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Creating a Window Object Style

The easiest way to create a window object style is to create a window on the design layer that has the settings that you want.
When you right click on this window object, you get a contextual menu where one of the options is to create a style from the un-styled plug-in. When you choose this option, Vectorworks will turn your window into an object style and save it in your Resource Manager.
Once it is saved in your Resource Manager, you can use it wherever you need it. All instances of the style will be identical except for the options that you allowed to be flexible.

Editing a Window Style

A window style will control settings on the instance of the window that you place on the design layer. After creating the style, it can be edited from the Resource Manager or from the Object Info palette. When you edit the style, you see the dialog box for the door and window settings.
For each setting, you can choose whether the style controls the setting
or whether the option is flexible and can be changed on the instance of the object that you placed on the design layer.

Creating a Door and Windoor Object Style

Creating a door object style is similar to creating a window object style. You set the door to the configuration required, right click on it and choose to create a style from the un-styled plug-in. This object style will be saved to your Resource Manager.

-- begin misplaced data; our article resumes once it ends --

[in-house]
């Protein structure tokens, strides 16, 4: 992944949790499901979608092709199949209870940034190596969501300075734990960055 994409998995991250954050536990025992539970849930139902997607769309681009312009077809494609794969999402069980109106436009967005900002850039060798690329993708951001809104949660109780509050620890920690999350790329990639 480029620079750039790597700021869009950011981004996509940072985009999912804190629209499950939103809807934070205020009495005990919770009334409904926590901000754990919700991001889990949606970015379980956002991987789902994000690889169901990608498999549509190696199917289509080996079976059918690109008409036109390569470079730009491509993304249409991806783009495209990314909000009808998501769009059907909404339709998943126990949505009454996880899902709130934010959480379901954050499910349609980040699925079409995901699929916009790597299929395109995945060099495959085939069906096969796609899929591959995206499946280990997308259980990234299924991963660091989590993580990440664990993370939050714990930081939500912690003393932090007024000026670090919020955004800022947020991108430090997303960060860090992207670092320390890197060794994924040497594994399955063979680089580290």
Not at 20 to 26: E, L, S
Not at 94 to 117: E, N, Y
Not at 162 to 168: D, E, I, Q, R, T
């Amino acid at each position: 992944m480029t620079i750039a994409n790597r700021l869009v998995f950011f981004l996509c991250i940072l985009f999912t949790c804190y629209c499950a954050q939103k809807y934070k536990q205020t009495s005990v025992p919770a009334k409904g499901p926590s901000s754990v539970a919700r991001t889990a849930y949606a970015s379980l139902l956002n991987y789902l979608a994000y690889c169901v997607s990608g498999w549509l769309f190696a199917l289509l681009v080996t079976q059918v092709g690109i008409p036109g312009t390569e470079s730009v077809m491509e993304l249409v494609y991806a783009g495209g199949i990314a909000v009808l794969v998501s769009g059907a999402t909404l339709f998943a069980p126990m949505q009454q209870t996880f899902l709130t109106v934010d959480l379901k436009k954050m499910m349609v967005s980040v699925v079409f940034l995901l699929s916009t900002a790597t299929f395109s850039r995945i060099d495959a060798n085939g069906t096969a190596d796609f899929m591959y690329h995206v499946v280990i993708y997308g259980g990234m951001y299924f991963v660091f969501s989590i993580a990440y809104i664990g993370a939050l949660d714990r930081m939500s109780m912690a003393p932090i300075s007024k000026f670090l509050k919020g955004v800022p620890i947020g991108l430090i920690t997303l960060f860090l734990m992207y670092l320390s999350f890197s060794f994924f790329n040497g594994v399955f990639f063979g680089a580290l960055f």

Windoor also has Object Styles. They are graphically different but they work in the same way. Watch the movie to see how to us WinDoor object styles.

Intermediate Topics

Creating and Using Duplicate Window and Door Styles

Once you start creating window and door styles, it is easy to use the Resource Manager to create duplicate styles. You can then edit the style to suit a new window. I find this to be an easy way to create all the windows and doors for a project. This way, you can set up all the consistent settings on the first style and as you create each duplicate, adjust the options that need to be different.

Advanced Topics

Creating A Door and Window Elevation Schedule

Projects that I have worked on often need to have an elevation of each window or door type. This is the case in Australia, the UK, and NZ. Some projects do not require this, but the schedules can be useful for the contractor to see all the windows in one place. These drawings are also useful for the window subcontractor, so they can see all the information they need.
The drawing usually has an elevation of each window, dimensions, and details.



  1. Hi Jonathan, very useful for a project I’m setting up now – I am putting it into use straightaway. It would be great to know a bit more about ‘tagging’ (if thats the right word) a bit more of the window spec to the style, and then the best way to see that data on the schedule, rather than typing it all out?

    1. I do not think that the tagging will flow into a worksheet. I believe that the tags are mainly to help find the library objects. Data attached to the symbols is different and will flow into a worksheet.